Over the last year, Modernization and the WSU Payroll Services Department worked together to run multiple comprehensive comparisons of payroll in both the Workday and legacy systems, and have identified several key changes that employees should be aware of before they receive their first check. Here’s what you need to know before your first paycheck in Workday arrives on January 11, 2021:

Things that will remain the same:

  • Paydays will remain the same.
    • The State of Washington determines the pay schedule for Washington State University. Therefore, you can expect no change to the dates you’re paid.
    • The first payday processed in Workday will be paid on January 11, 2021.
  • Your Payment Elections (Direct Deposit, paper check) and Withholding Election (IRS W4 Form) will remain the same and be converted to Workday.
  • It is recommended that employees verify their payment and W4 election information in Workday prior to Jan 4, 2021.
  • Employees may make changes to their Payment and Tax Elections at any time in Workday starting on December 16, 2020 when the system launches.

Things that will change:

  • Different check stock for those receiving paper checks.
  • Payslip View:
    • Payslips (Earning Statement) will only be available in Workday.
    • Payslips will be viewable 3 days before payday compared to 5 days in old systems.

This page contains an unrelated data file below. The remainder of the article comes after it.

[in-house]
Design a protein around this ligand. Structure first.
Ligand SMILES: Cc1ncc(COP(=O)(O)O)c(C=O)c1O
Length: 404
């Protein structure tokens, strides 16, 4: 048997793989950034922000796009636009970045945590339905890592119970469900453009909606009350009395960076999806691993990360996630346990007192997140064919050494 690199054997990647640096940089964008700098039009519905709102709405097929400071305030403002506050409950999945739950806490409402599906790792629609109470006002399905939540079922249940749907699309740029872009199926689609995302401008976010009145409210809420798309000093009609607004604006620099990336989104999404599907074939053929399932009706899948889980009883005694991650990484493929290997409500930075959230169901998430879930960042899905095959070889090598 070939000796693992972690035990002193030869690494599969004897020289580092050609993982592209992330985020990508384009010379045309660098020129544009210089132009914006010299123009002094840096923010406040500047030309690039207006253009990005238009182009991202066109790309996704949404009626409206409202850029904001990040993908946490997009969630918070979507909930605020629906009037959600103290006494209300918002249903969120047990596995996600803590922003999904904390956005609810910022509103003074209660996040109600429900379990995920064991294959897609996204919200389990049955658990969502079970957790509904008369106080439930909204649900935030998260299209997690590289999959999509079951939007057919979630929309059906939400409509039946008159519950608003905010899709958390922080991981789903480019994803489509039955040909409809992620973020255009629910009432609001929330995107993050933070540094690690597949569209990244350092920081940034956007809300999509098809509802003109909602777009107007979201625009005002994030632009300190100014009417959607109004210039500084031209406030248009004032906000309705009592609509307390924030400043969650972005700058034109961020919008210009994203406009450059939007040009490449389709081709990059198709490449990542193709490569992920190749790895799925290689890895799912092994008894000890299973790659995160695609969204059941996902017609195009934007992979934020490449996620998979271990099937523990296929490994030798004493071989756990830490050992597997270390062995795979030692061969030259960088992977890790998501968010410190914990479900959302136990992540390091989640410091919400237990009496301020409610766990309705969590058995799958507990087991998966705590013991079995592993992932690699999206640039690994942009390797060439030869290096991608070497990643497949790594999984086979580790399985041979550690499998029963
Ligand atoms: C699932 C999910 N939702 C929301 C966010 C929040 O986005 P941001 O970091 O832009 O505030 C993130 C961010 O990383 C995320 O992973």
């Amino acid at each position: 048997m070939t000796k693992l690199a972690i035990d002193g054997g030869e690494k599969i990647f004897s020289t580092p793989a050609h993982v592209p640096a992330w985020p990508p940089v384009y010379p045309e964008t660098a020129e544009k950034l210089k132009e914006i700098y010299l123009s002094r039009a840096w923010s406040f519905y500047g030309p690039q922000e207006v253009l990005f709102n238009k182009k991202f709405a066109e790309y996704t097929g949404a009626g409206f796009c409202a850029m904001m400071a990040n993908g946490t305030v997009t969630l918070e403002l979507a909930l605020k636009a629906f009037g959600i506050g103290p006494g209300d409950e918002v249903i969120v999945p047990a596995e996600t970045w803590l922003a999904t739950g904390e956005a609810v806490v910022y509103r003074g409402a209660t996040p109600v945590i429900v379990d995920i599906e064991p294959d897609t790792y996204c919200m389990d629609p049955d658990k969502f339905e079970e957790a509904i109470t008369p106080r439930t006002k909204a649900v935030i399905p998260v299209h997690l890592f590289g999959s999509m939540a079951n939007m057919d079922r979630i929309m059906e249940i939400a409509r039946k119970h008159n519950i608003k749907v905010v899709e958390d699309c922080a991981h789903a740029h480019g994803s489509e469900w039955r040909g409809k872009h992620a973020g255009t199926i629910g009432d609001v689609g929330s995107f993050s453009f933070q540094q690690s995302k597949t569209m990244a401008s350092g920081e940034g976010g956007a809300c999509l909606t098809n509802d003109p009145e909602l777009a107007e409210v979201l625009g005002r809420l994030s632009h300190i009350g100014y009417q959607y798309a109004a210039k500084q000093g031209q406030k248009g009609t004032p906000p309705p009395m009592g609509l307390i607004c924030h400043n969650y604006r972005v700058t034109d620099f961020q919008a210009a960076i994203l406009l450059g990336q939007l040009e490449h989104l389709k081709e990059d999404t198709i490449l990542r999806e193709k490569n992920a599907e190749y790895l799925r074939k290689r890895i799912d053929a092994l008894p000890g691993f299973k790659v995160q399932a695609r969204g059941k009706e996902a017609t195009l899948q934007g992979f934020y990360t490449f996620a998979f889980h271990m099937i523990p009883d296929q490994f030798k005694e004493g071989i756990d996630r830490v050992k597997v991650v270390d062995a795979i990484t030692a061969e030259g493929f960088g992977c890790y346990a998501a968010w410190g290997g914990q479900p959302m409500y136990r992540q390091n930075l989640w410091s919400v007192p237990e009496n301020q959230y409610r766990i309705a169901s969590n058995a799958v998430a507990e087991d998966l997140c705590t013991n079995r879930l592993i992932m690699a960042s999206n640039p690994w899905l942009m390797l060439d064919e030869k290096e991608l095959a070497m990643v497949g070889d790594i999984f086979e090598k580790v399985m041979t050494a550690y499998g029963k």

• Rounding Difference:
    • Workday always rounds partial pennies up, whereas old systems round up or down based on the value of the partial penny.
  • Additional Responsibilities (ADR):
    • Legacy ADRs are all fixed amounts. Workday ADRs can be assigned by the department as either fixed amounts or a percentage of gross pay. This difference may cause differences in the ADR amount paid.
  • Tax Differences:
    • New 2021 Federal Income Tax Brackets will be implemented for the first pay period in Workday.
    • In 2020, the IRS made a major revision to the W4 form and this is calculated differently in old systems compared to Workday. Employees may notice slight differences when comparing taxes between the two systems.
    • Medical Aid is taxed on 160 hours a month and old systems use when it is earned, compared to Workday, which uses when it is paid.
    • Anyone that has reached the Social Security Max for 2020 will start having social security again for the new tax year (6.2%).
    • Additional Medicare (for those that reached taxable wage threshold in 2020) will stop until threshold is met in 2021 (0.9%).

If employees notice a difference in their pay not explained above, please contact your department payroll personnel. For questions that cannot be answered by the department payroll personnel, please submit a Workday Service Desk ticket at support.workday.wsu.edu.

For more updates and articles about payroll and Workday, visit modernization.wsu.edu/tag/payroll.